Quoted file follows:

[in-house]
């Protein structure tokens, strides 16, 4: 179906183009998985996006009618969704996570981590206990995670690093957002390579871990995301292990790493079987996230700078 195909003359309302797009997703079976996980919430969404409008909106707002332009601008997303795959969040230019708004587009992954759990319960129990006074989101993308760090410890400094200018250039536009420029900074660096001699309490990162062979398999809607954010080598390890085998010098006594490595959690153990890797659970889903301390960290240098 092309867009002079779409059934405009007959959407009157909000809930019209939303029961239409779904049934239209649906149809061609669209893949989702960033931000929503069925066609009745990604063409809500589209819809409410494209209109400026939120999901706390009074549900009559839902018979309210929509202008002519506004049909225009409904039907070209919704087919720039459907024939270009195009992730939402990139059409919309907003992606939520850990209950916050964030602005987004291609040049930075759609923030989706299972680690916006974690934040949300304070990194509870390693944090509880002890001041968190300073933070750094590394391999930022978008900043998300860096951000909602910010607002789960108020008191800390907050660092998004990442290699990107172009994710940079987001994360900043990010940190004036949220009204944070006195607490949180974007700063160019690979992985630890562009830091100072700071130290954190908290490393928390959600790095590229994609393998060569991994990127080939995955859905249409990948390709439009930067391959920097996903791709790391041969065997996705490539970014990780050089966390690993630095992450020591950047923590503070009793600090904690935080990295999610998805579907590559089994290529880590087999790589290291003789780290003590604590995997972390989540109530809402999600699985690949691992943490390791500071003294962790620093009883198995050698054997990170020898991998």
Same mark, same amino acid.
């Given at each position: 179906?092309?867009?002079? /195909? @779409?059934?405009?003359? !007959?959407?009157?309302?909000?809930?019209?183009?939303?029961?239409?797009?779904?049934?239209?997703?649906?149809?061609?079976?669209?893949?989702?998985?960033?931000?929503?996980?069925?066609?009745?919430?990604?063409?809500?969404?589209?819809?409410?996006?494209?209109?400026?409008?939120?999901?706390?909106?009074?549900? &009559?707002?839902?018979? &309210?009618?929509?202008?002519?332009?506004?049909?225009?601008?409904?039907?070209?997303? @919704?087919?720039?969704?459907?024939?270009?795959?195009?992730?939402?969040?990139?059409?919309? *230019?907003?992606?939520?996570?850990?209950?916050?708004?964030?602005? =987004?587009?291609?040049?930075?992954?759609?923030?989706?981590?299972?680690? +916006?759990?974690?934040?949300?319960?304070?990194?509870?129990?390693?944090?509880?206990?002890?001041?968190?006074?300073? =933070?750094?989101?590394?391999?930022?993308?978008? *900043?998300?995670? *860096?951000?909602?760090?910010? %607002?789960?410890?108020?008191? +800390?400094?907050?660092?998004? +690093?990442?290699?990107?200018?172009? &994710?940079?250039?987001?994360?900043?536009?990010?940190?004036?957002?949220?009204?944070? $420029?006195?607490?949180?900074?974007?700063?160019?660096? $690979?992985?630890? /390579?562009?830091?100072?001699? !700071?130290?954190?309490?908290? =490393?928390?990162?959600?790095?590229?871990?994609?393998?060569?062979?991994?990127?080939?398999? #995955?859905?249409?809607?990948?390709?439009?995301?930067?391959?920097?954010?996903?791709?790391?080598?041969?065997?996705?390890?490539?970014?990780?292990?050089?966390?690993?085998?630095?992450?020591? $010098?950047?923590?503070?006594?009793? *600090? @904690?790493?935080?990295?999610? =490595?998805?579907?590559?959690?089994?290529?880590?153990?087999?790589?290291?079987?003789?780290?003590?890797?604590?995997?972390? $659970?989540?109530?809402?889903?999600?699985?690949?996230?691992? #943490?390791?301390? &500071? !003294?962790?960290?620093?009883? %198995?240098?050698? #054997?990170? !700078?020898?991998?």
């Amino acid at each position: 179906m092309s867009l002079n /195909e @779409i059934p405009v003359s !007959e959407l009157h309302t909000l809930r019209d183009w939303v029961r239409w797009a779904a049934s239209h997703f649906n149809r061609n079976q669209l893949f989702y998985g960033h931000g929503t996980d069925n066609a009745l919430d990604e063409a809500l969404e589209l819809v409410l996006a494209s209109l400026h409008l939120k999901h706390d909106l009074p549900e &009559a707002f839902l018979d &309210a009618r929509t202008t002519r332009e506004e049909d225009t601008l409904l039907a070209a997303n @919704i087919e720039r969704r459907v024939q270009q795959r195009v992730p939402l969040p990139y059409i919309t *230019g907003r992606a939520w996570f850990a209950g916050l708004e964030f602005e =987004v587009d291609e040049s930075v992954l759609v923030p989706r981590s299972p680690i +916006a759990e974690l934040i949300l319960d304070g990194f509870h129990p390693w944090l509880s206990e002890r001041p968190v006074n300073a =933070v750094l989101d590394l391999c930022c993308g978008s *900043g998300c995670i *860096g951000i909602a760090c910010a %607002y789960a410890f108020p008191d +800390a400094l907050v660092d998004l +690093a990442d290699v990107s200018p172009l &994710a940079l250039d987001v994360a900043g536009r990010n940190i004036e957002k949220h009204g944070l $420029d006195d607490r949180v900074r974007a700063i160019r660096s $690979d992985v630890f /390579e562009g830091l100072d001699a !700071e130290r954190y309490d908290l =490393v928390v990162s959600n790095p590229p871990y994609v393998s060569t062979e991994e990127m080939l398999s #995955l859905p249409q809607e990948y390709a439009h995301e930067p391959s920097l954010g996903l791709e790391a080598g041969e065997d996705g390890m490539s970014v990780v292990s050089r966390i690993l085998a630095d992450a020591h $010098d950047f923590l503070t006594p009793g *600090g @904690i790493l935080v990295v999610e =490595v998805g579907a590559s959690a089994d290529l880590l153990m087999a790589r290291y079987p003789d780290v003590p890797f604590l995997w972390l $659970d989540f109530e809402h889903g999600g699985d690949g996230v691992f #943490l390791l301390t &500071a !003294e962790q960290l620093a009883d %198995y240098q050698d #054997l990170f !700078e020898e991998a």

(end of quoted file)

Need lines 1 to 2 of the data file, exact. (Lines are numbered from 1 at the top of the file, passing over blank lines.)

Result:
[in-house]
């Protein structure tokens, strides 16, 4: 179906183009998985996006009618969704996570981590206990995670690093957002390579871990995301292990790493079987996230700078 195909003359309302797009997703079976996980919430969404409008909106707002332009601008997303795959969040230019708004587009992954759990319960129990006074989101993308760090410890400094200018250039536009420029900074660096001699309490990162062979398999809607954010080598390890085998010098006594490595959690153990890797659970889903301390960290240098 092309867009002079779409059934405009007959959407009157909000809930019209939303029961239409779904049934239209649906149809061609669209893949989702960033931000929503069925066609009745990604063409809500589209819809409410494209209109400026939120999901706390009074549900009559839902018979309210929509202008002519506004049909225009409904039907070209919704087919720039459907024939270009195009992730939402990139059409919309907003992606939520850990209950916050964030602005987004291609040049930075759609923030989706299972680690916006974690934040949300304070990194509870390693944090509880002890001041968190300073933070750094590394391999930022978008900043998300860096951000909602910010607002789960108020008191800390907050660092998004990442290699990107172009994710940079987001994360900043990010940190004036949220009204944070006195607490949180974007700063160019690979992985630890562009830091100072700071130290954190908290490393928390959600790095590229994609393998060569991994990127080939995955859905249409990948390709439009930067391959920097996903791709790391041969065997996705490539970014990780050089966390690993630095992450020591950047923590503070009793600090904690935080990295999610998805579907590559089994290529880590087999790589290291003789780290003590604590995997972390989540109530809402999600699985690949691992943490390791500071003294962790620093009883198995050698054997990170020898991998």